Checking your tweets and Facebook news feed this morning, you may have noticed your favorite celebrities were unusually silent. Or perhaps eerily silent. That’s because numerous plugged-in celebrities, from Elijah Wood to Lady Gaga, have donated their lives — or at least their online presence — for one day, or until grieving fans reach the goal of raising $1 million for the AIDS charity Keep a Child Alive. In keeping with the digital approach to fundraising, people can donate $10 by texting one of the “Buy Life” campaign’s numbers, making donations easy on World AIDS Day. While I usually find celebrity interventions somewhat annoying, the “Buy Life” campaign is refreshingly clever, not limiting itself to the purchase (digital or otherwise) of the traditional red support ribbon. The project embraces the idea of using silence as a way to speak more loudly, and combines the frivolous with the most serious in a way that reveals the paradox, but without alienating its fundraiser base. It’s just morbid, and maybe fun, enough to get you to contribute.
Thinking about how my $10 might help, I considered the larger (and perhaps obvious) question: What is the best way to fight AIDS? I don’t pretend to know the answer — and there probably isn’t only one — but two recent clinical trials of drugs used to successfully prevent AIDS transmission hint at one approach.
From a numbers perspective, the global war on AIDS is best fought by reducing transmission of HIV. While this may seem obvious, it’s an important point. In 2009, there were over 33 million people living with HIV, according to the latest World Health Organization statistics. That’s a staggering number, but even more frightening is that nearly 8 percent were infected within that year, and about 7,000 people continue to contract HIV each day. This is why rather than working hard to “cure” the disease, I believe understanding HIV transmission (both at a basic research and clinical level) is the most pragmatic way of combating the epidemic.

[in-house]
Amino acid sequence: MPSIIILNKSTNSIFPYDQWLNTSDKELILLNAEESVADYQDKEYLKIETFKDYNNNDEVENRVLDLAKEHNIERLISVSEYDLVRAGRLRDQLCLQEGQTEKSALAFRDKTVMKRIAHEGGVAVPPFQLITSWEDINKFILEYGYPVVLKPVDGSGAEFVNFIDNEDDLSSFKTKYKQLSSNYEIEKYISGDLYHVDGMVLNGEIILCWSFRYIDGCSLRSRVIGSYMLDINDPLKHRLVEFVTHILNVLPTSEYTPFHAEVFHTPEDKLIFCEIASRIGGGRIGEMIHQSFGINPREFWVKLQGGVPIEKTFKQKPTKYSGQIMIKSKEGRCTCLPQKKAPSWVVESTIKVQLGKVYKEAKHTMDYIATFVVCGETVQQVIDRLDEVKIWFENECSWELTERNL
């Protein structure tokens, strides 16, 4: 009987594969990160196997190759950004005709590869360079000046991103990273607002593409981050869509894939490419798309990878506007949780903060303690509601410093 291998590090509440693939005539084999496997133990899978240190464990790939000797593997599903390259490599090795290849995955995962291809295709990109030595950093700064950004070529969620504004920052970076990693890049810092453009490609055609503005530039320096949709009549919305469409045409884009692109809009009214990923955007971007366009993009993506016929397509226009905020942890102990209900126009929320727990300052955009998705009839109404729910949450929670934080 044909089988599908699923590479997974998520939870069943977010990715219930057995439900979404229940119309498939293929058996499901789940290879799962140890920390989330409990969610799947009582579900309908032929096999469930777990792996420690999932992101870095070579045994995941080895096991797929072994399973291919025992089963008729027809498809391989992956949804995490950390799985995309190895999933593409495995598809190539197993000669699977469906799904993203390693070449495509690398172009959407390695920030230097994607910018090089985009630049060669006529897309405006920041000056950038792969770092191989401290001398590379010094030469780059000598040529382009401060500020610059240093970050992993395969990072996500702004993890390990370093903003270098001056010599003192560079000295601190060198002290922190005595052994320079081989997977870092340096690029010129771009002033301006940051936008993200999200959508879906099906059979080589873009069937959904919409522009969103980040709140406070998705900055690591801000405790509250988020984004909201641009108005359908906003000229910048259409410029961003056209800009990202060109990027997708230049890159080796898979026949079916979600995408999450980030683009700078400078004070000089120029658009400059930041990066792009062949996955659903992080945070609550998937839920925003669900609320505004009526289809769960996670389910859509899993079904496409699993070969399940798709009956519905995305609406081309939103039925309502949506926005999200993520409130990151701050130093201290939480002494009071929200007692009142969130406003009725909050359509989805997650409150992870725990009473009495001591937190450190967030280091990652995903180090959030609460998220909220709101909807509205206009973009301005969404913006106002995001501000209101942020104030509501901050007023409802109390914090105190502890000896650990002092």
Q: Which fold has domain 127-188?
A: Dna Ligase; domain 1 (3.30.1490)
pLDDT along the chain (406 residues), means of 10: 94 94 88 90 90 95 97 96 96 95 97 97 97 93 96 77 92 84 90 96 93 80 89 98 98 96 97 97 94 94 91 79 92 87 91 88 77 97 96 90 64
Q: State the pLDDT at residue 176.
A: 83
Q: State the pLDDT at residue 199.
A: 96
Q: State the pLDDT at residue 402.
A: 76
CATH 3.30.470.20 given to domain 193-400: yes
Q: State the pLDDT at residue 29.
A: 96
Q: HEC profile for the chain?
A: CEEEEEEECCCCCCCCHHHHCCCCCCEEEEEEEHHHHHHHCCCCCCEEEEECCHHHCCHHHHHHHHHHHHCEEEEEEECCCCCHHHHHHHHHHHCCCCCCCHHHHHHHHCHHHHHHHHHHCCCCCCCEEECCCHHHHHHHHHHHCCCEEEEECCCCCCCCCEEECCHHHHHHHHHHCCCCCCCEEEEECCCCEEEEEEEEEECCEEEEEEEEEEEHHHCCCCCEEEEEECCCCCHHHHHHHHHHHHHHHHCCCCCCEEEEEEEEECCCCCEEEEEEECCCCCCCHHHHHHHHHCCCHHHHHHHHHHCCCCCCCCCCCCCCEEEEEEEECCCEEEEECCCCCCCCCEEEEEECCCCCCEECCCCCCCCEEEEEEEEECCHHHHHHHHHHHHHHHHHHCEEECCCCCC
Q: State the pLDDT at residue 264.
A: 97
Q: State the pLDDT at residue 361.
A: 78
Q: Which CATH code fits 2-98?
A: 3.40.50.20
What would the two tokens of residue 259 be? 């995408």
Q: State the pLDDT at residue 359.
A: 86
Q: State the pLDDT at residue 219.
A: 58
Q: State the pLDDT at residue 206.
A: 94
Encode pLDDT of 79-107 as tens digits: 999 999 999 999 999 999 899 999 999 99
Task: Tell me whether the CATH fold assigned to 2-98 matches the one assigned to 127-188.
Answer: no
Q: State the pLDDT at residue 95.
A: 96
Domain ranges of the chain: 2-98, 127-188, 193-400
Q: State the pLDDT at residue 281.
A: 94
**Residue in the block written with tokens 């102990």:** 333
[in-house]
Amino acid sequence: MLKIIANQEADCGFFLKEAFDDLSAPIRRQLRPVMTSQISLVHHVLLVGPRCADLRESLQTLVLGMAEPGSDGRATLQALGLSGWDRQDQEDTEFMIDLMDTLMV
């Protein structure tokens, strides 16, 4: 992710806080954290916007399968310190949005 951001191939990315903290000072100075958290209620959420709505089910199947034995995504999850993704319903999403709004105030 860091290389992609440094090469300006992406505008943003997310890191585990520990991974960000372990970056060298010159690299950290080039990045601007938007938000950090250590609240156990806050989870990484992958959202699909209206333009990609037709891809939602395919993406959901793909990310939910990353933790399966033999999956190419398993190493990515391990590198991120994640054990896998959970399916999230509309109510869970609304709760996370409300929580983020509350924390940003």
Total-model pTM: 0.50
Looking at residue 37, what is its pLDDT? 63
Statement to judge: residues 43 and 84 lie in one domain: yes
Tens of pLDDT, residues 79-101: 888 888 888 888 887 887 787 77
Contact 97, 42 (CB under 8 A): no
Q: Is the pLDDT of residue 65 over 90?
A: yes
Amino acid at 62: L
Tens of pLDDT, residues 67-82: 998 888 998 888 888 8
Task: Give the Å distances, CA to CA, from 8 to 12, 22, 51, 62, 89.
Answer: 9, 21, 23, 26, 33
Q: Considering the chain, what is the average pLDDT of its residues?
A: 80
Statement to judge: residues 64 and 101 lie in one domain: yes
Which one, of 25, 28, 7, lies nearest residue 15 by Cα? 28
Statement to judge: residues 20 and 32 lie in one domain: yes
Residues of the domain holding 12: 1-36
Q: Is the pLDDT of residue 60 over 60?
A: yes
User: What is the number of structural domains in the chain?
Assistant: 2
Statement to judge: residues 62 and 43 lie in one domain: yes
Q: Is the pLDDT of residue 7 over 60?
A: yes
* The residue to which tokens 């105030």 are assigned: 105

This July, after many failed clinical trials, a vaginal gel containing a microbicide proved effective in reducing HIV transmission. Tested in South African women, the gel reduced HIV infection by 39 percent. Just last week the New England Journal of Medicine published a study showing that an oral pill made of two drugs (one of which was the one used in the gels), was able to reduce the risk of HIV infection by 44 percent in gay men. These are both significant achievements. Both have been criticized, however, because they may not be ready yet for widespread adoption for various reasons, particularly because the drugs in question are antiretroviral drugs — the very drugs that are used to keep the disease at bay in those who are already infected. First and foremost, the drugs are expensive and are already unavailable to those who need them; secondly, prophylactic use may spur drug resistance. It’s a very dangerous game, but it’s also very good to know that they work.
Efficacy, surprisingly enough, is not the problem. In fact, the recurring theme from both of these studies is that the drugs work for most people, but people simply aren’t taking them regularly or using them properly. Some negative side effects were reported for the pill, but even so, within the trial, low adherence emerges as the biggest problem.
I’m not sure how to tackle this problem, but it strikes me as something mobile devices and social networking sites could help with. If the absence of celebrities on Facebook and Twitter can trigger mass donation, maybe a tweaked version of this kind of campaign could stimulate drug adherence and other HIV preventative measures in those at risk.
For now, let the silence begin.
Jessica Mcdonald is a fifth-year student in immunobiology.